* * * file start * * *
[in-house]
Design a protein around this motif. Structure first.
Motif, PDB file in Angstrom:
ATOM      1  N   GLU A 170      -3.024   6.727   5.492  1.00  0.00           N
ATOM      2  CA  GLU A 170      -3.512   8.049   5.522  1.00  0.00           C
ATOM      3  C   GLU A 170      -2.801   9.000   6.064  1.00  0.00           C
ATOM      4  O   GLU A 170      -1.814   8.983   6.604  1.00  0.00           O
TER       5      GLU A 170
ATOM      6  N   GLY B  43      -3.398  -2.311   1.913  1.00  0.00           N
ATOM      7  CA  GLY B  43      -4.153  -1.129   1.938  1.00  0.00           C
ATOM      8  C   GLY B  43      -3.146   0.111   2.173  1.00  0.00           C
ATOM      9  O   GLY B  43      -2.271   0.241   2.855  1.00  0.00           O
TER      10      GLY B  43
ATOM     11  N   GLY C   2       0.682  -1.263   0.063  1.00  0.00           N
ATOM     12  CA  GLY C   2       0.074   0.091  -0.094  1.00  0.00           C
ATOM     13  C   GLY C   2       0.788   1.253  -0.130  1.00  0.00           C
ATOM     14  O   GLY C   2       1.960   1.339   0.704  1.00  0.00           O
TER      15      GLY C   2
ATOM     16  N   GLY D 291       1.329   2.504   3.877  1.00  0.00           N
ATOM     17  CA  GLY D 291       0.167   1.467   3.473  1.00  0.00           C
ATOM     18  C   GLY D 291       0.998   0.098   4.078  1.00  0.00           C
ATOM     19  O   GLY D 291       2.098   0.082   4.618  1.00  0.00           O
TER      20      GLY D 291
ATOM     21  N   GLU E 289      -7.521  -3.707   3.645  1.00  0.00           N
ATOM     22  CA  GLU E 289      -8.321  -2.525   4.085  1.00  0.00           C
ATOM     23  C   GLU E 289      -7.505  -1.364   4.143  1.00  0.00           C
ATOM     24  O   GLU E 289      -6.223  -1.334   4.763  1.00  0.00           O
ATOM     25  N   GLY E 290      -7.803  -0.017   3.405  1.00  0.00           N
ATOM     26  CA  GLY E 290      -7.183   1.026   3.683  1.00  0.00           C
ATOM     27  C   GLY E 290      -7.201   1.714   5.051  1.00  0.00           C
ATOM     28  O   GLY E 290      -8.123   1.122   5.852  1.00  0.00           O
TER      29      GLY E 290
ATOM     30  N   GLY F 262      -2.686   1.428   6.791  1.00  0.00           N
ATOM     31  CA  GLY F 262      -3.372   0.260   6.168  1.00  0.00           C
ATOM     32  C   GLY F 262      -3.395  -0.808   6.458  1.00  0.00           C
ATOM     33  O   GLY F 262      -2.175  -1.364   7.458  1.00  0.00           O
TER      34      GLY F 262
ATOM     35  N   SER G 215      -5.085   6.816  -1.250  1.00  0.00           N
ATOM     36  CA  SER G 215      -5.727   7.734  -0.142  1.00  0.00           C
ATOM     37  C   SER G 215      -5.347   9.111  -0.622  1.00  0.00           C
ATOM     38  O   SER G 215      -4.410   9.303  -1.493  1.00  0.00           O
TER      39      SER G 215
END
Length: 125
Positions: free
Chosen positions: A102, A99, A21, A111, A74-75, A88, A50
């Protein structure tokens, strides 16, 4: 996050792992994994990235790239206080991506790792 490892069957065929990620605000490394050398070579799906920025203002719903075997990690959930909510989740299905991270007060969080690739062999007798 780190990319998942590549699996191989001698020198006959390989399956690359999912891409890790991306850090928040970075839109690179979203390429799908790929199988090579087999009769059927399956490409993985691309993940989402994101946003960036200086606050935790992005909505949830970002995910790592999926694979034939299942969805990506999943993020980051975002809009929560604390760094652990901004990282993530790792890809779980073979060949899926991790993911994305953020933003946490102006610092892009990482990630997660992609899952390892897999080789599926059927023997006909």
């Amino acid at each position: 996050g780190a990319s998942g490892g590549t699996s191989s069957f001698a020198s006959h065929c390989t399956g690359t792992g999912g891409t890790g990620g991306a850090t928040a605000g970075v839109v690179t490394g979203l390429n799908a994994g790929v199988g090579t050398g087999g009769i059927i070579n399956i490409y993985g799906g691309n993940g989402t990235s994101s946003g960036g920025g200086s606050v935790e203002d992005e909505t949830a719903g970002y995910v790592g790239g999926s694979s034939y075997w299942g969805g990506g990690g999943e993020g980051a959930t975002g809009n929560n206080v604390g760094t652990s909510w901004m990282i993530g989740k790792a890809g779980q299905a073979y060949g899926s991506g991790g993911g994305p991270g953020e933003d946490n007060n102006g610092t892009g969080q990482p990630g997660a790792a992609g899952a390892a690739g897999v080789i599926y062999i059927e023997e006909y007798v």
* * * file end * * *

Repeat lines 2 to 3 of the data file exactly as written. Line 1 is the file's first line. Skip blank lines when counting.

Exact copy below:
Design a protein around this motif. Structure first.
Motif, PDB file in Angstrom: